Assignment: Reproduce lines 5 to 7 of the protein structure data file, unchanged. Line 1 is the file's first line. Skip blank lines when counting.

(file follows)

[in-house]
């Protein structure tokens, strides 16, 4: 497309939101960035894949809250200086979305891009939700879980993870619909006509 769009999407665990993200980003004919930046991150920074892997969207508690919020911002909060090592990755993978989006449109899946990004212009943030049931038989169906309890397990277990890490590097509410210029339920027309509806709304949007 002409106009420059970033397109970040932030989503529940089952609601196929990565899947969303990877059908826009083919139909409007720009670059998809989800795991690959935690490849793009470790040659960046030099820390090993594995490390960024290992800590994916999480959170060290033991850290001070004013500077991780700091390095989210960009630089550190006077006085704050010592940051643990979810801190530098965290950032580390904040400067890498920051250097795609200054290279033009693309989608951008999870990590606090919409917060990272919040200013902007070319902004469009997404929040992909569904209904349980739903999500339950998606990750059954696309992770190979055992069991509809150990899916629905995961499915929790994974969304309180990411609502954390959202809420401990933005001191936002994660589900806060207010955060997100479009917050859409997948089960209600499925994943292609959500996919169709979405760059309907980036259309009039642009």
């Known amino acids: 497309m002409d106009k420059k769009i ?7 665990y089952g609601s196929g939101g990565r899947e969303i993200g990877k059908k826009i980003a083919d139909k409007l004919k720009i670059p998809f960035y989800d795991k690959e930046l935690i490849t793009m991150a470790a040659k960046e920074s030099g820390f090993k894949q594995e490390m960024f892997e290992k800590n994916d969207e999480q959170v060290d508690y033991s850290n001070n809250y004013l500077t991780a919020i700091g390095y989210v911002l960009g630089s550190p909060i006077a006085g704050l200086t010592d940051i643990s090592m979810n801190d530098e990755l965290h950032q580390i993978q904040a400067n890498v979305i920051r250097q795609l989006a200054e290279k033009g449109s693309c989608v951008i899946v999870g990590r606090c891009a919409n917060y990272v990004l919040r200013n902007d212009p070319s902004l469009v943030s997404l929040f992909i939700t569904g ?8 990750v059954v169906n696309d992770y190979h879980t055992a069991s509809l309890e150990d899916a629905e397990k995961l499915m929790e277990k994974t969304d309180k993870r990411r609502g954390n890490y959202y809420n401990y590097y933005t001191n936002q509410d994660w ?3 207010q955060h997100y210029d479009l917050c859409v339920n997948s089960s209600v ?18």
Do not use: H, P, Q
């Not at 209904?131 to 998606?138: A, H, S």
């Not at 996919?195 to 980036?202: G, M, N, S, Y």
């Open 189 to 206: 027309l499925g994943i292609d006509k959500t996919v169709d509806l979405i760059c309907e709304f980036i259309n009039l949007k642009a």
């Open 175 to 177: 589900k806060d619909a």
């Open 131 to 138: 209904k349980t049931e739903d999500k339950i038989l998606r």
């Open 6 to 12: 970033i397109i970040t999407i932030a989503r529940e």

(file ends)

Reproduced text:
């Not at 209904?131 to 998606?138: A, H, S």
């Not at 996919?195 to 980036?202: G, M, N, S, Y």
């Open 189 to 206: 027309l499925g994943i292609d006509k959500t996919v169709d509806l979405i760059c309907e709304f980036i259309n009039l949007k642009a």